Even if you don't keep up with the news, word of mouth travels fast so someone you know probably filled you in on the controversy surrounding the classic Christmas tune "Baby It's Cold Outside."
For years now, some people have pointed out that the lyrics of the 1944 song are a bit worrisome, especially in today's cultural climate. The main argument is that the song is centered around a man pressuring a woman into spending a night at his house, and even though she declines a number of times, he doesn't respect her wishes.
There are some who even assume that a part of the lyrics hint at the fact hat he spiked her drink, which people argue seems to normalize "date rape."
This year, in light of the #MeToo movement, a radio station in Ohio initiated a boycott of the song, and it wasn't long before other stations across the United States and Canada followed suit.
Cleveland's Star 102 WDOK-FM took the song out of its rotation after listeners complained that it felt "manipulative and wrong."
"The world we live in is extra sensitive now, and people get easily offended, but in a world where #MeToo has finally given women the voice they deserve, the song has no place," host Glen Anderson explained in a blog post.
Over the last couple of days, some stations have stood their ground, but there are plenty who lifted the ban after reevaluating the situation and asking their listeners to weigh in on the matter.
More recently, a radio station in Kentucky made a bold statement by playing the Frank Loesser song on repeat for a two-hour marathon.
"I'm not sure why it's controversial," Joe Fredele, director of programming at WAKY station, told WLKY. "We've played this song for years, you know, this song is older than WAKY is. It's almost 70 years old."
From 8 a.m. to 10 a.m. on Sunday, listeners were treated to five different versions of the song. The station made the announcement the day before on their Facebook page, and garnered a lot of support.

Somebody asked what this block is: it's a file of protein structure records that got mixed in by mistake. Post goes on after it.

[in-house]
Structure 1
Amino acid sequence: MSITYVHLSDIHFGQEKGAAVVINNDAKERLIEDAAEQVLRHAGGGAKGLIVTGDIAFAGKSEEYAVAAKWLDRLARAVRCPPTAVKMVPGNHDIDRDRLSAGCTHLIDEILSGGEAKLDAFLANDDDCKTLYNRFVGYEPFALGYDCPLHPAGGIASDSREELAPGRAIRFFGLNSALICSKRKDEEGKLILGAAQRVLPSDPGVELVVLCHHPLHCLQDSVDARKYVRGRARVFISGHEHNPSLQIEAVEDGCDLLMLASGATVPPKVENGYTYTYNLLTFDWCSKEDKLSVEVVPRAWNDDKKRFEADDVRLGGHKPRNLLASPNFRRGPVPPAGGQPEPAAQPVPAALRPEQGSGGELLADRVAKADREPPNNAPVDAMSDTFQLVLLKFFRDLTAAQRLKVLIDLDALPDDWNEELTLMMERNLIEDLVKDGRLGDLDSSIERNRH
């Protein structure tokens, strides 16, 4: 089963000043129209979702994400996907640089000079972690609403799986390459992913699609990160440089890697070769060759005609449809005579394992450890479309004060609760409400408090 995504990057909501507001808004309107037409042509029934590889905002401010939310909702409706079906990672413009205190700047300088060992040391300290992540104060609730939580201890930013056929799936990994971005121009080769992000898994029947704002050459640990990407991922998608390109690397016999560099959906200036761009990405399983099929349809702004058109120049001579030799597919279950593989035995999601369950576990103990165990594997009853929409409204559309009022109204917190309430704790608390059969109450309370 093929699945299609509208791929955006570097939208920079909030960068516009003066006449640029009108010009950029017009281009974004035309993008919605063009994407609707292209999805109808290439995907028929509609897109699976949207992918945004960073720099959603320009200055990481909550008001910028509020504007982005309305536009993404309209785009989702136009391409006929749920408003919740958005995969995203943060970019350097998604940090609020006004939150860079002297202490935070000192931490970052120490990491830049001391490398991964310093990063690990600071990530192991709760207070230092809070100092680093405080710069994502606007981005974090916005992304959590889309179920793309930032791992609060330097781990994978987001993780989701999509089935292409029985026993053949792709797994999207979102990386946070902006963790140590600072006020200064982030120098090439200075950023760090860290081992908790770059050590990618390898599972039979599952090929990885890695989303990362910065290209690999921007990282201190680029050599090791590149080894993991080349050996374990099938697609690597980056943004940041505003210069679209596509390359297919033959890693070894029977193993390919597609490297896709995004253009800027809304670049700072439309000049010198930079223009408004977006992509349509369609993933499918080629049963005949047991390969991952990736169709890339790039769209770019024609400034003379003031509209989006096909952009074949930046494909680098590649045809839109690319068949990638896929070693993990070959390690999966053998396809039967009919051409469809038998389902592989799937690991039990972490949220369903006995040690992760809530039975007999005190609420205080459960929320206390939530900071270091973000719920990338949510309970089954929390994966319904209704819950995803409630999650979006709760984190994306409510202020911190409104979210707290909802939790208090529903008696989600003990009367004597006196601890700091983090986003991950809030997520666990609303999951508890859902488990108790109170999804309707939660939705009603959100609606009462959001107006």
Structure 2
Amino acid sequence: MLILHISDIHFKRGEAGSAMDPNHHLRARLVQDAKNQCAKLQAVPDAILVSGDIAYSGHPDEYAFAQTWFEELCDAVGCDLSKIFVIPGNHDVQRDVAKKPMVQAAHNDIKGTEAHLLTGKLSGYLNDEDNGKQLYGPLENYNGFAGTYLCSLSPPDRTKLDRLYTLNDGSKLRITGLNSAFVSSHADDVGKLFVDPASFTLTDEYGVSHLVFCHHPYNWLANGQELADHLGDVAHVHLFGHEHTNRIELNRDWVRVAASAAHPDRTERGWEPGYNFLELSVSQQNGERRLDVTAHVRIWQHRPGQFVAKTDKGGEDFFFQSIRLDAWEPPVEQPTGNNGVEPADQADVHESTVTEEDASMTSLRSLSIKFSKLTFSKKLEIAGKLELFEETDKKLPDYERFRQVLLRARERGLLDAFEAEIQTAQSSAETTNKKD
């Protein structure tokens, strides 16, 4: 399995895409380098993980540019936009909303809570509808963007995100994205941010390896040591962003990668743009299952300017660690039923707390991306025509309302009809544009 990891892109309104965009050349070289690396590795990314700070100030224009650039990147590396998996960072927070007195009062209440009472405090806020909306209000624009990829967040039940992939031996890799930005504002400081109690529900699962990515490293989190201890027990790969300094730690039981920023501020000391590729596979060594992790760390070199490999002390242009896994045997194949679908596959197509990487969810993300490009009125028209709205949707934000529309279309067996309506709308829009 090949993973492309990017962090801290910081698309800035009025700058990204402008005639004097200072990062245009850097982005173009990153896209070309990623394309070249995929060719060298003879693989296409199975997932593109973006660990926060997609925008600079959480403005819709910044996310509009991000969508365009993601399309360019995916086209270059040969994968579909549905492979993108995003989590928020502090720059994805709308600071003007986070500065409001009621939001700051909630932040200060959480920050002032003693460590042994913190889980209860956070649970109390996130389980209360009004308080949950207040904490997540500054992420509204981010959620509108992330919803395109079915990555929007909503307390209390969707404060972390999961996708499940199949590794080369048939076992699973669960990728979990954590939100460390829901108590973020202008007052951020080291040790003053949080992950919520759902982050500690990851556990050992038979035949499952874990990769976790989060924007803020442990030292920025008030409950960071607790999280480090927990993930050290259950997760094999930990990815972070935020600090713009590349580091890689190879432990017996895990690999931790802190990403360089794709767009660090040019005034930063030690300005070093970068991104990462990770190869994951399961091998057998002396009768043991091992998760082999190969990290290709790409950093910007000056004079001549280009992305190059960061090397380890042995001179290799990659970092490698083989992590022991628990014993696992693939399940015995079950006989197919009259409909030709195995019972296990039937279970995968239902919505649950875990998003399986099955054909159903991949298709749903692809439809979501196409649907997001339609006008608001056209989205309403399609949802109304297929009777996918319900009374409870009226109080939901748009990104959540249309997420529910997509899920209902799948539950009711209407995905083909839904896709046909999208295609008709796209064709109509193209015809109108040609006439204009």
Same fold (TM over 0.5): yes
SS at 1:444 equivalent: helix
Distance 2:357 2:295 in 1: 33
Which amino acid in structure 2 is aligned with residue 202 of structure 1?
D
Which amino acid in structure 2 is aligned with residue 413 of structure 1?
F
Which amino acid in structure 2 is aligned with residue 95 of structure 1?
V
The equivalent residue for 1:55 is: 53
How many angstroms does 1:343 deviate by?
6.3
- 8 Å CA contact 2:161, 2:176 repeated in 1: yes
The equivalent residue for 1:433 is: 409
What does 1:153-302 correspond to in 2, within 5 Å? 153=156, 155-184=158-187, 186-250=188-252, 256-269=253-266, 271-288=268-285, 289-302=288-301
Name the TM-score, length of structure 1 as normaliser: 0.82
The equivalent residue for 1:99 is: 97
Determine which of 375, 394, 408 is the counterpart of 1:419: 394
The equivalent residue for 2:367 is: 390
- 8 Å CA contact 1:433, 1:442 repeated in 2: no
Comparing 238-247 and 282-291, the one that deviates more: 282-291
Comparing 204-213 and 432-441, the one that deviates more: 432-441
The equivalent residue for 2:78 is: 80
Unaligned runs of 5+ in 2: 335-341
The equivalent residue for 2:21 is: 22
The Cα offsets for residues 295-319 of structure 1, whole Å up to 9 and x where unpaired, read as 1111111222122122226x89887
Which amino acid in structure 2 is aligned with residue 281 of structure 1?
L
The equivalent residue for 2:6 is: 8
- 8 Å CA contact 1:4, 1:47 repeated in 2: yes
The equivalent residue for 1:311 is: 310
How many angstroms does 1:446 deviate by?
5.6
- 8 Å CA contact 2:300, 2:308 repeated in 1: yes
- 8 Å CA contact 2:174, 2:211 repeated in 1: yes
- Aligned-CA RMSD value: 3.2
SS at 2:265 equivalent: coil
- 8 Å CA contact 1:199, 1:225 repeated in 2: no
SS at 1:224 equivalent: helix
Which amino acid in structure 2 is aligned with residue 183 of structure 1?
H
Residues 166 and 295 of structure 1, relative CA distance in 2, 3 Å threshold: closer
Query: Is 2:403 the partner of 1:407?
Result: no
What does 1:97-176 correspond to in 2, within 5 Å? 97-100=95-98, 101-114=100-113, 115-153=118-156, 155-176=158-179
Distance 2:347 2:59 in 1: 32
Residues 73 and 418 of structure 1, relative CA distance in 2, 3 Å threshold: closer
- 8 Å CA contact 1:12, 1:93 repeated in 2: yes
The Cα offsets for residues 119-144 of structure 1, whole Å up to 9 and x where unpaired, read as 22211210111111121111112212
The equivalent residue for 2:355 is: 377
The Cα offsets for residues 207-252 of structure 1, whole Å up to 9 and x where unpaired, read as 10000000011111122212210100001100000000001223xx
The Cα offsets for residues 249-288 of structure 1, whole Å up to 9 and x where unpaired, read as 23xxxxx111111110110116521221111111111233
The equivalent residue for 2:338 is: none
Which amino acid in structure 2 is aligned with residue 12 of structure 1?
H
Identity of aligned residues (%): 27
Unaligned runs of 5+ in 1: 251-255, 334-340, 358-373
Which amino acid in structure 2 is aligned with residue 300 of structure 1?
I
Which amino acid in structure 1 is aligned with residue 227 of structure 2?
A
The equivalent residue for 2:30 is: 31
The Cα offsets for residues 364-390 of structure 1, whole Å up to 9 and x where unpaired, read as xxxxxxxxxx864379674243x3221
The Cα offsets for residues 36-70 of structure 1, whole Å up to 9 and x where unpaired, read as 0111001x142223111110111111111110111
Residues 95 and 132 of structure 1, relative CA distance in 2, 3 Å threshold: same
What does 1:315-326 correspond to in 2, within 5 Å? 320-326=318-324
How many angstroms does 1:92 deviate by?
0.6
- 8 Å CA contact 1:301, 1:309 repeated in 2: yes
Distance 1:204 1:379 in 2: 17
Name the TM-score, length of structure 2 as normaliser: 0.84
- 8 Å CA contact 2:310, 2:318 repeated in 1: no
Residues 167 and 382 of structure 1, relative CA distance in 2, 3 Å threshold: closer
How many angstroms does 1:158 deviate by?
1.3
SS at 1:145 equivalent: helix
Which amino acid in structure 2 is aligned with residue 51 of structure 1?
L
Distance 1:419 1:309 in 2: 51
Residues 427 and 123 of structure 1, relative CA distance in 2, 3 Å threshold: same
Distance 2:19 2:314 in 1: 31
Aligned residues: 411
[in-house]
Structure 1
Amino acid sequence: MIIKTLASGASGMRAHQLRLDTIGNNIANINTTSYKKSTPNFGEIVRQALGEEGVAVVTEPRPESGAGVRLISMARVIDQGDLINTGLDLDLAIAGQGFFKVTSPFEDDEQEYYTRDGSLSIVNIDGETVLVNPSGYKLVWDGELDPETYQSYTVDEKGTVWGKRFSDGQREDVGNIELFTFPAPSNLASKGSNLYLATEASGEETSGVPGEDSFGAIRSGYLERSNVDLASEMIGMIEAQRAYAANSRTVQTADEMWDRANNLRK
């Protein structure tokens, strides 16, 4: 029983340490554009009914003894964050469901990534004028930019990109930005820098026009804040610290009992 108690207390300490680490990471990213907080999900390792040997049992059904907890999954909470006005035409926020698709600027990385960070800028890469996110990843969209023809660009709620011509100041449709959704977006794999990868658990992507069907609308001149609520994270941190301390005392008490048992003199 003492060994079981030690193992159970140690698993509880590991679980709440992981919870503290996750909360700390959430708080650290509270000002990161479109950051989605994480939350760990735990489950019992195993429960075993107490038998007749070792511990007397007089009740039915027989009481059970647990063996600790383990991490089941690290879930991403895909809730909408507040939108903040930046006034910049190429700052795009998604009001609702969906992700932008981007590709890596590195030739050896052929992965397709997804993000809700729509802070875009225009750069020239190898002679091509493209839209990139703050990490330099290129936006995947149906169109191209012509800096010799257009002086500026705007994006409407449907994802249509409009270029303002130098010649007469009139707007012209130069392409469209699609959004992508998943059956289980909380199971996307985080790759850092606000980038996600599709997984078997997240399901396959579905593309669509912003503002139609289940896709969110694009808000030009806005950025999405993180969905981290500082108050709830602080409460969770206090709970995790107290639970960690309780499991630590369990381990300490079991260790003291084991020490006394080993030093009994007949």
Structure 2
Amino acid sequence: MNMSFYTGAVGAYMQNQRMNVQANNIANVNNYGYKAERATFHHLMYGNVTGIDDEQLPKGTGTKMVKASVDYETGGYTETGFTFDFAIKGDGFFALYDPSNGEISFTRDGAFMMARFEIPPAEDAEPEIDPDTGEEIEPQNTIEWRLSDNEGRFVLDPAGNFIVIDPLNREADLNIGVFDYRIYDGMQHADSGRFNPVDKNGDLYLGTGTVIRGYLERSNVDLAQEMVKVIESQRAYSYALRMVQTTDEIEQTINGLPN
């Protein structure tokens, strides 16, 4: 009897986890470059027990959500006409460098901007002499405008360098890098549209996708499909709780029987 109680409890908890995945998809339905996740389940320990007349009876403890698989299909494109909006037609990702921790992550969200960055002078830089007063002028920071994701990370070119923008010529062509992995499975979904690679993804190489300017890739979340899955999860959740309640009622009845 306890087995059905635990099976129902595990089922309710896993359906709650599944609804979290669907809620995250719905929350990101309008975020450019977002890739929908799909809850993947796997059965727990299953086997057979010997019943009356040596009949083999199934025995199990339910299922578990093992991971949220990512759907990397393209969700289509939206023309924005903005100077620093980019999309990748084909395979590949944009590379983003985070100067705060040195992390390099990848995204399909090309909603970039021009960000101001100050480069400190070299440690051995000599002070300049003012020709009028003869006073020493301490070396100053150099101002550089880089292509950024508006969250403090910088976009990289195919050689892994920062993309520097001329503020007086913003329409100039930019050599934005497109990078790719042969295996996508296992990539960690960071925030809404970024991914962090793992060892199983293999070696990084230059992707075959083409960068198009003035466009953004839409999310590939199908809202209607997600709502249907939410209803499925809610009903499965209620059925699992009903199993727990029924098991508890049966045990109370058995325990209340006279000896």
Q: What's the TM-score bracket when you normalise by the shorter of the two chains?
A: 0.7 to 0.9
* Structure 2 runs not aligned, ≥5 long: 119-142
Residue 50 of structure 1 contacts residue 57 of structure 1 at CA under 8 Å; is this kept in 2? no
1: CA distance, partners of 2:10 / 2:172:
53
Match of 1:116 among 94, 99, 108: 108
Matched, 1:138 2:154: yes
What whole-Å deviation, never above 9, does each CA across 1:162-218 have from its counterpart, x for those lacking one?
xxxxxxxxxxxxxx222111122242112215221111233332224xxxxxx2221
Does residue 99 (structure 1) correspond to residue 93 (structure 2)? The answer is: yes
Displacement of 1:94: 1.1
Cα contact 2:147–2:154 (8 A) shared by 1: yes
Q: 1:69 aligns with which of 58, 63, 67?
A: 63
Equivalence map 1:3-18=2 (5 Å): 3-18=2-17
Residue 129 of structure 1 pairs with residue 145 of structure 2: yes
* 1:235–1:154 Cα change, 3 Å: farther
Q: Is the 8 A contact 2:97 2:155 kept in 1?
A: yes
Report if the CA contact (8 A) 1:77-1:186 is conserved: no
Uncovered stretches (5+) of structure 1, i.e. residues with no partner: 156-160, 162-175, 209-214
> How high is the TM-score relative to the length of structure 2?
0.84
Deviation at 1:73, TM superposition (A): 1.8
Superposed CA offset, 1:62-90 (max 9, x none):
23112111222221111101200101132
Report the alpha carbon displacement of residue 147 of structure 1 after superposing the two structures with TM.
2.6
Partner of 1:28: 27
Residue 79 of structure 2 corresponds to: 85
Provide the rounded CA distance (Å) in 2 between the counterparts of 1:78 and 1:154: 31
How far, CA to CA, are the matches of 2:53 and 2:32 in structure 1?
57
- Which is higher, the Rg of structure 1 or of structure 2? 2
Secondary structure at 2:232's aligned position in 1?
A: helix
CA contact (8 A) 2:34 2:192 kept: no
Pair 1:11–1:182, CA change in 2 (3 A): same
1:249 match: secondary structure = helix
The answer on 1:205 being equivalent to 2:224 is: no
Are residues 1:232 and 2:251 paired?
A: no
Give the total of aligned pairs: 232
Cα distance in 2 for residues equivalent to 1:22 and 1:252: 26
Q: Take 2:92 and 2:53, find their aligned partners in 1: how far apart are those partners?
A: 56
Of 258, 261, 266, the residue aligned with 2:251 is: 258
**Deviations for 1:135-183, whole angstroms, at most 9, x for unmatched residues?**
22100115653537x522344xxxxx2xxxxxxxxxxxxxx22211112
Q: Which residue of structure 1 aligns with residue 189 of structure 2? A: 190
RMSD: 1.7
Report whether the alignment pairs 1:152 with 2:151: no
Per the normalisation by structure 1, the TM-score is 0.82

"I love WAKY & how they take a most ridiculous 'movement' & make it fun!" wrote one fan, while another chimed in, "Thankful WAKY has some back bone to stand up to the whiners. I love this song."
The station also wrote on Facebook that they like the song so they are "not afraid to play it on WAKY for the next couple of hours!"
Fredele said he was happy to see the positive reaction from their listeners and has no regrets.
"It's just a fun way of saying, 'Hey, this is our vote for that song. It's a fun song. It's a romantic song, don't pick on it,'" Fredele said, before adding that he is actually a supporter of the #MeToo movement, but doesn't see why the song is considered problematic.
"This song is not about that. All it is ... is a dialogue between a man and a woman, and at the end of the song, you hear them harmonize together, so they're agreeing basically," Fredele added.
The song was in fact written by Loesser from him and his wife to sing at fancy parties in New York City. They would often perform it as their closing song to let guests know that the evening was coming to an end.
It wasn't meant to offend anyone, and it wasn't even meant as a holiday tune, but its winter-theme made it one of the most popular Christmas songs of all time.